by Valerie Jones, Careers Editor
Offshore conditions can be messy, dangerous and grueling at times … we all know that. And so do the thousands of workers who make their living working on offshore drilling rigs as well as the high number of job candidates who are awaiting an opportunity to work offshore. These job candidates are a mixture of industry vets – some who have been laid off in recent months and are anticipating the industry turnaround – and some newcomers attempting to break into the oil and gas industry.
Much has been said in recent years about the Great Crew Change and how it has affected the oil and gas industry. Employers have found themselves in a tough situation: the Baby Boomers of the industry are headed for retirement and the younger cohort of workers (i.e. millennials) will have to fill the gaps. But industry experts complain of a skilled labor shortage and once employers do acquire a skilled workforce, the challenge is then retaining the employees (millennials have been known to hop around).
But how much weight is placed on quality of life while offshore? According to a white paper released by Target Logistics titled, “The Great Crew Change: Managing Generational Differences in Oil, Gas, Mining and Construction Workforces,” there is a strong link between workers’ productivity and their work environment. Gen Xers (born between 1965 and 1980) and millennials (born between 1981 and 2000) have characteristics that differ from their older counterparts, characterized in the report as Traditionals (born before 1945) and Baby Boomers (born between 1946 and 1964).
Younger workers, particularly Gen Xers, expect to have a strong work-life balance. Unlike the Traditionals and Baby Boomers, the younger workers “aren’t willing to sacrifice their free time and do whatever it takes to succeed in their jobs,” the report finds. I suppose it would be wise of employers to take heed of this, if they expect the younger workers to stick around.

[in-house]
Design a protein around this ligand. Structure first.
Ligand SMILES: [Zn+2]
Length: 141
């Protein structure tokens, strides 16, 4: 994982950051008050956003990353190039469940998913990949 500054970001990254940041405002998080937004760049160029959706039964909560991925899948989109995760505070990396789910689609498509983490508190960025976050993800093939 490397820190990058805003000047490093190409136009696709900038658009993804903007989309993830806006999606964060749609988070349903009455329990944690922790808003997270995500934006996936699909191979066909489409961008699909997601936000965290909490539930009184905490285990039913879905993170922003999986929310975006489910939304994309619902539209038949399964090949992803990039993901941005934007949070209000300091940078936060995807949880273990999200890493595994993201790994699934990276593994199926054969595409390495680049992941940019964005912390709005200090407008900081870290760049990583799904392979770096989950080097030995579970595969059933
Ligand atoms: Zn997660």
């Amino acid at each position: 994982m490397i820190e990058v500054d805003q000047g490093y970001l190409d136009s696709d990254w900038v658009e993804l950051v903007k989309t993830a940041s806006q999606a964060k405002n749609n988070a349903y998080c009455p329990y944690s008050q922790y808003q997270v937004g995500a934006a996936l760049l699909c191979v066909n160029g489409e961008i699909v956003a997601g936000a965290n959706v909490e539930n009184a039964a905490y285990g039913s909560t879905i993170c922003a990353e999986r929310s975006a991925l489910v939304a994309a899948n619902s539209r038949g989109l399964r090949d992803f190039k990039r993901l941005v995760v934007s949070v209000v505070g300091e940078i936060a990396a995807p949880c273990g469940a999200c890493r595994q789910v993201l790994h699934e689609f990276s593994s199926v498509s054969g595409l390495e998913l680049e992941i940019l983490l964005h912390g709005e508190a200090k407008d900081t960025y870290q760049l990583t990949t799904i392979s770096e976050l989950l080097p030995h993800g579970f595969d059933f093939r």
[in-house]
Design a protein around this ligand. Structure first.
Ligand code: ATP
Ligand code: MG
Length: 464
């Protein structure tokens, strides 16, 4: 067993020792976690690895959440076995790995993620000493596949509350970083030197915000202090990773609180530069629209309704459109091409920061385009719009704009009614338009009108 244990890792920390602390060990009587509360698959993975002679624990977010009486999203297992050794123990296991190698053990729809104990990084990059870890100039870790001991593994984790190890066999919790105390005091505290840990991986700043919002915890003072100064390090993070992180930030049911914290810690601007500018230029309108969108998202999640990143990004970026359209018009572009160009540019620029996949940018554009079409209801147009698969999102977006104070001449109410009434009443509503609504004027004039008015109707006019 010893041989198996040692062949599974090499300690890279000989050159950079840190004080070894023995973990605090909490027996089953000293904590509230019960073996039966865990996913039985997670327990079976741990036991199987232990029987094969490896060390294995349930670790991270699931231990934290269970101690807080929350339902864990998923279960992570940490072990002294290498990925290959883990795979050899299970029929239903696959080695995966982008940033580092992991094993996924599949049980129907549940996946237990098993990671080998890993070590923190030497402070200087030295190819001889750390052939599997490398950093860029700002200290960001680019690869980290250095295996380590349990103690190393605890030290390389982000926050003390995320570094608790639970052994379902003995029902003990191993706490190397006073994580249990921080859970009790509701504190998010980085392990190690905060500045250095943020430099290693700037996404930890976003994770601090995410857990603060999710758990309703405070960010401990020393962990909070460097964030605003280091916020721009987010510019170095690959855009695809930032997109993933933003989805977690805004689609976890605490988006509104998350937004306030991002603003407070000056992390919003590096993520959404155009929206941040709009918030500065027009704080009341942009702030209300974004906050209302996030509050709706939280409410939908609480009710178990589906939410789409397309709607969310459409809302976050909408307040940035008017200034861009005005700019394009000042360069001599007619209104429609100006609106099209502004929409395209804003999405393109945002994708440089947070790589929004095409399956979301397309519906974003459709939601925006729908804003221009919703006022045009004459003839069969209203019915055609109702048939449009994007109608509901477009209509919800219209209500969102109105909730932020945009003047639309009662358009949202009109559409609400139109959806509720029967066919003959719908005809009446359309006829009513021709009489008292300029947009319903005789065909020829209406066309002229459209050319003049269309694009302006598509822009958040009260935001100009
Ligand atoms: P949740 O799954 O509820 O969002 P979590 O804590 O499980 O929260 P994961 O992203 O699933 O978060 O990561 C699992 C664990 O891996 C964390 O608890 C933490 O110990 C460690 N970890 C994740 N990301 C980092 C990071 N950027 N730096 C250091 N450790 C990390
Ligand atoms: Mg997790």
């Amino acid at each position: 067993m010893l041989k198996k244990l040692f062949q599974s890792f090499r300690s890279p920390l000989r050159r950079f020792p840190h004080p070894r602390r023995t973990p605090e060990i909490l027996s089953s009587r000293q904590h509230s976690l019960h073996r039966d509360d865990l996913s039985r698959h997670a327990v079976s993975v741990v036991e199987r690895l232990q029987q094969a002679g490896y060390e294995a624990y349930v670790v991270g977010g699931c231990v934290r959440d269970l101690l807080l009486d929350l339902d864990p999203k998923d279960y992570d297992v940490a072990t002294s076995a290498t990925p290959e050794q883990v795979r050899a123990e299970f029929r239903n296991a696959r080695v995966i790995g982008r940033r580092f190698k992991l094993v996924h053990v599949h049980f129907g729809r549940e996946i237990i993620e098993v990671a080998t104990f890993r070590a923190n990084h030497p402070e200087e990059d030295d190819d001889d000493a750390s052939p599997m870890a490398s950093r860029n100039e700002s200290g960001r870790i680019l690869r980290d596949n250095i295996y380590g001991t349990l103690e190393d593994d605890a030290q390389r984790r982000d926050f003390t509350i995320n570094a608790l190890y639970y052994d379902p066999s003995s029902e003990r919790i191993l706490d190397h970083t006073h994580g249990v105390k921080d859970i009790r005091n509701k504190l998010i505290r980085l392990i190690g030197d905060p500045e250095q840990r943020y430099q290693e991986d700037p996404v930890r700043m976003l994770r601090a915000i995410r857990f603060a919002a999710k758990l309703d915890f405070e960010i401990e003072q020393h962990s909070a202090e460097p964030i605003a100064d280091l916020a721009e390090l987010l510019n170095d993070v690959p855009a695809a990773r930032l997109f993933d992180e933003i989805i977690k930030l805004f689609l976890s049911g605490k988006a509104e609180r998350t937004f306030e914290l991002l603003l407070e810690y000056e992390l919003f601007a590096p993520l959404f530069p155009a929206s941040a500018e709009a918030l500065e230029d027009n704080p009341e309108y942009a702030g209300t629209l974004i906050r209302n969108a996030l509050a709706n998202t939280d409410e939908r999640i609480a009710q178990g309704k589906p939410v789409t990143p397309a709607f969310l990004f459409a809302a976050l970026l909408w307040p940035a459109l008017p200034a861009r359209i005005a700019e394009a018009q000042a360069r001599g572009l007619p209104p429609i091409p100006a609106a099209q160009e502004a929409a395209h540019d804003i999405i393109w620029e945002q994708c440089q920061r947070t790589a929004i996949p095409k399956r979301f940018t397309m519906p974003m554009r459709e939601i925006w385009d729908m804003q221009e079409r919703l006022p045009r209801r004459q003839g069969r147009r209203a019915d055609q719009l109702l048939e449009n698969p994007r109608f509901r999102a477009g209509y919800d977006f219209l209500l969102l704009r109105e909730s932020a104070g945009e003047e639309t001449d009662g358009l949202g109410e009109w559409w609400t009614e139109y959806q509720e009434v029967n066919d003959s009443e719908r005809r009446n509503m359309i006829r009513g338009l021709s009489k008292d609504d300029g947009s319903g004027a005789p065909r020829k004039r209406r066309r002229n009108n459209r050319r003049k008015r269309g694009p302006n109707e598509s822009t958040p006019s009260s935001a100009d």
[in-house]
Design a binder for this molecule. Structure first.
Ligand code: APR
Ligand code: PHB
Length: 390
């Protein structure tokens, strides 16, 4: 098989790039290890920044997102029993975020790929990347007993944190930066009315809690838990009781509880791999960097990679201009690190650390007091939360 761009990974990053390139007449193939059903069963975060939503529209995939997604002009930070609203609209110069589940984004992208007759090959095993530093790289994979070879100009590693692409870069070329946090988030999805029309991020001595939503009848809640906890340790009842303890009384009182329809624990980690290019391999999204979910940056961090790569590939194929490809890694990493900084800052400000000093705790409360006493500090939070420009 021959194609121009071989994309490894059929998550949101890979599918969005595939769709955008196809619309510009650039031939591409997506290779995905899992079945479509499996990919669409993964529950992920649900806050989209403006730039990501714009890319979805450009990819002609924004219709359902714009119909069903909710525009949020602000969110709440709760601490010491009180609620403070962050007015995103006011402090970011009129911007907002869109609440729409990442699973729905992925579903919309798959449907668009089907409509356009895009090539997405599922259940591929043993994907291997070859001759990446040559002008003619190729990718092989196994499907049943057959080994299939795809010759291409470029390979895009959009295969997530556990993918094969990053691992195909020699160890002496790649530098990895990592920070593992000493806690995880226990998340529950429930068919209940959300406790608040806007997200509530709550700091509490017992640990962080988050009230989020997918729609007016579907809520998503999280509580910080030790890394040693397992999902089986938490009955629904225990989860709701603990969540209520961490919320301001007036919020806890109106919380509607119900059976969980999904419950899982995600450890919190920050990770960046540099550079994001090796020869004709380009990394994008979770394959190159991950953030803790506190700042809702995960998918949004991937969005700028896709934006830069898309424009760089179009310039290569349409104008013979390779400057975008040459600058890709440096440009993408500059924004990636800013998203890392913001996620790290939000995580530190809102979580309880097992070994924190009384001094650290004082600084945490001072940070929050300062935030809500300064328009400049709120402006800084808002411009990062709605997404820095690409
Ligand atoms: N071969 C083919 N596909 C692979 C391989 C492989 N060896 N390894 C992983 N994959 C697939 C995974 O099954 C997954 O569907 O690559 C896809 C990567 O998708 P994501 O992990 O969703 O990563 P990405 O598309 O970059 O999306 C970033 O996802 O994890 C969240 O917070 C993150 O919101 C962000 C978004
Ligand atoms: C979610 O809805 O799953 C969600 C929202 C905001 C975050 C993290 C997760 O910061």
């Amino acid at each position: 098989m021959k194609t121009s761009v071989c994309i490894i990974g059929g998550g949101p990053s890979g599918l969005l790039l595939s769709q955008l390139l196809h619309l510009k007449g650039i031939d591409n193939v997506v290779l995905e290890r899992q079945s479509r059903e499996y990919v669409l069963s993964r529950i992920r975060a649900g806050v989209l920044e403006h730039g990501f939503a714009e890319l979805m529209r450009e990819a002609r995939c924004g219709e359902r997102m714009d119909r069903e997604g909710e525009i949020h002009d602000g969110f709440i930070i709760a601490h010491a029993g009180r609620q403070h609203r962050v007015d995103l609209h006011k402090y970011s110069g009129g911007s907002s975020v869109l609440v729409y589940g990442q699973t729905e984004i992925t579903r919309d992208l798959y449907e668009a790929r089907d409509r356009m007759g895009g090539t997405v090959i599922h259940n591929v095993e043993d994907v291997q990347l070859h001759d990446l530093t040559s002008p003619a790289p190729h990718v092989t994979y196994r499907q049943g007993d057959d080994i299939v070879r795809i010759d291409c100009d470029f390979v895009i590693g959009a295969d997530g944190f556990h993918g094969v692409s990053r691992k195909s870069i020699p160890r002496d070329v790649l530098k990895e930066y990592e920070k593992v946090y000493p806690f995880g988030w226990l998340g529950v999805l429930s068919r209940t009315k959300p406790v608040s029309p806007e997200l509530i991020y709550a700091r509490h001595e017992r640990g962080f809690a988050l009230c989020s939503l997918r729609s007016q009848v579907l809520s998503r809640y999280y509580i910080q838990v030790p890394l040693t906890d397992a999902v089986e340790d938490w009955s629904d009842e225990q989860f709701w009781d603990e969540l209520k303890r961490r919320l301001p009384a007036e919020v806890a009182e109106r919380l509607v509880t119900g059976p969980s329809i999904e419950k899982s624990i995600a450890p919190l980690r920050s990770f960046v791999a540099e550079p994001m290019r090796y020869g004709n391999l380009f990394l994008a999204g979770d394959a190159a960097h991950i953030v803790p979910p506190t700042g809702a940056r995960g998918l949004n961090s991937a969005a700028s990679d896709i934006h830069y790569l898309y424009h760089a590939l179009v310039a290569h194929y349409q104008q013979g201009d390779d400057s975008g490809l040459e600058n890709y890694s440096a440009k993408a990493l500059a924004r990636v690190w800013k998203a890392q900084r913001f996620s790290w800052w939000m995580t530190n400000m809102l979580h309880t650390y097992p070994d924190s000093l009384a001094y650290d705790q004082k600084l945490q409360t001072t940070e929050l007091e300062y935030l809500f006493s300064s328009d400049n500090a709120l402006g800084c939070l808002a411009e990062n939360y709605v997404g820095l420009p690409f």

“Because offshore, by definition, is offsite, the issue of work-life balance will be difficult,” report author Dr. Elaine Cullen, who was a researcher for the U.S. Bureau of Mines and the National Institute for Occupational Safety and Health (NIOSH), told Rigzone.
She said that while workplace comfort is important to younger generations, offshore workers typically understand they’re in a Fly-In, Fly-Out (FIFO) situation and don’t expect luxury accommodations.
“Access to computers, WiFi, etc. will help ease feelings of isolation since this is their preferred way of communicating,” she said. “Younger workers also have a higher need for approval and feeling a part of things, so closer communication and mentoring by supervisors is necessary.”
Workers should be assured that their safety is important to their employer and they should be trained properly to do the work, said Dr. Cullen.
“A combination of perceived unsafe conditions, poor meals and uncomfortable accommodations will help convince [young workers] that this work is not for them.”
A threat to workplace safety, the report said, is when workers are tired, lonely, unhappy or unhealthy. Instead, employers should strive for what Target Logistics refers to as the Economics of Comfort model. This means that “keeping your workers safe, comfortable, relaxed and well-fed is what keeps them from missing a shift, getting injured on the job, jumping to a competitor or just packing their bags and heading home.”
And the industry certainly doesn’t want that.